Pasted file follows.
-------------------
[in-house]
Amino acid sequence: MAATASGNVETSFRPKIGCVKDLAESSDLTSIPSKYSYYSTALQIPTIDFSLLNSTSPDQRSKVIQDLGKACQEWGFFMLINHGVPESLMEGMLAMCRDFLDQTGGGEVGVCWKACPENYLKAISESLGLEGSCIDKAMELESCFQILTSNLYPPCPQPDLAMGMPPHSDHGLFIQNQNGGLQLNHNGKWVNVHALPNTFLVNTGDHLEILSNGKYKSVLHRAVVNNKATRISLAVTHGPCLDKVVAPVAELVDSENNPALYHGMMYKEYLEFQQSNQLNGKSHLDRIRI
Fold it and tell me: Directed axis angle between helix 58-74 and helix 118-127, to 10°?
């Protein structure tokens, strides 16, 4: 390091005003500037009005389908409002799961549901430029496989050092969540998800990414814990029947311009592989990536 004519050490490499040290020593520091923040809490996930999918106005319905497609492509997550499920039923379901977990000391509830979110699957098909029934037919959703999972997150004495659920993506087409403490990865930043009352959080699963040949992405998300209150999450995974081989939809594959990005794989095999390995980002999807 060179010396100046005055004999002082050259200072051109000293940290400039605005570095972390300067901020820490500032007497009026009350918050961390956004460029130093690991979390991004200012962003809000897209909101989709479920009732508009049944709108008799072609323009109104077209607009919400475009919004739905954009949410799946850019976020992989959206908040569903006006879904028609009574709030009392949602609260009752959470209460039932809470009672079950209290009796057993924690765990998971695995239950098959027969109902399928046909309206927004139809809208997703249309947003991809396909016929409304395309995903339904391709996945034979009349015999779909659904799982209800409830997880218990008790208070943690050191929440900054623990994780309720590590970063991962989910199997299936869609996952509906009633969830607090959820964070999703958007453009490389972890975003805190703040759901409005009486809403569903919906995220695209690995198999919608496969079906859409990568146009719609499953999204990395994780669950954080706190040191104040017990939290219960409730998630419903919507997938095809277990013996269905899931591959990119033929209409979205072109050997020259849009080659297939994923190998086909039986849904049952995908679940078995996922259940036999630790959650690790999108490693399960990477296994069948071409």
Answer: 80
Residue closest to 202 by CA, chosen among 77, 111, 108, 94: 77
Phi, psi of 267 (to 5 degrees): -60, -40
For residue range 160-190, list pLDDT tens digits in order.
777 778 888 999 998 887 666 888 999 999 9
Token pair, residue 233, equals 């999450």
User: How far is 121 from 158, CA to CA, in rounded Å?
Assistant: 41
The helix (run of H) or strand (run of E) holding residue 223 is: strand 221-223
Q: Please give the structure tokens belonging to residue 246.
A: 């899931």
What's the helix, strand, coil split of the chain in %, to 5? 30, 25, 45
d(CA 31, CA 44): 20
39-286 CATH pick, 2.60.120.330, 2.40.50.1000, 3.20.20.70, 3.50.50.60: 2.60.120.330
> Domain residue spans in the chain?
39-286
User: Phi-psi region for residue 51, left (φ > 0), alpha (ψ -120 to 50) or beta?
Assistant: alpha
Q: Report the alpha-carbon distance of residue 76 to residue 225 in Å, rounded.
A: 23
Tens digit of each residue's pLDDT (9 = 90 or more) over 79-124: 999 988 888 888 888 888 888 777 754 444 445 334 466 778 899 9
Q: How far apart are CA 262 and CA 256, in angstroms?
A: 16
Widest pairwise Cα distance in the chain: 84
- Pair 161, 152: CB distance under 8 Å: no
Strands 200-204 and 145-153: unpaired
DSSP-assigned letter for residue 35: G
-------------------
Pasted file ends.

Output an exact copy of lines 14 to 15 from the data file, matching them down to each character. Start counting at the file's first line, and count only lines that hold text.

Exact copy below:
Q: Please give the structure tokens belonging to residue 246.
A: 């899931």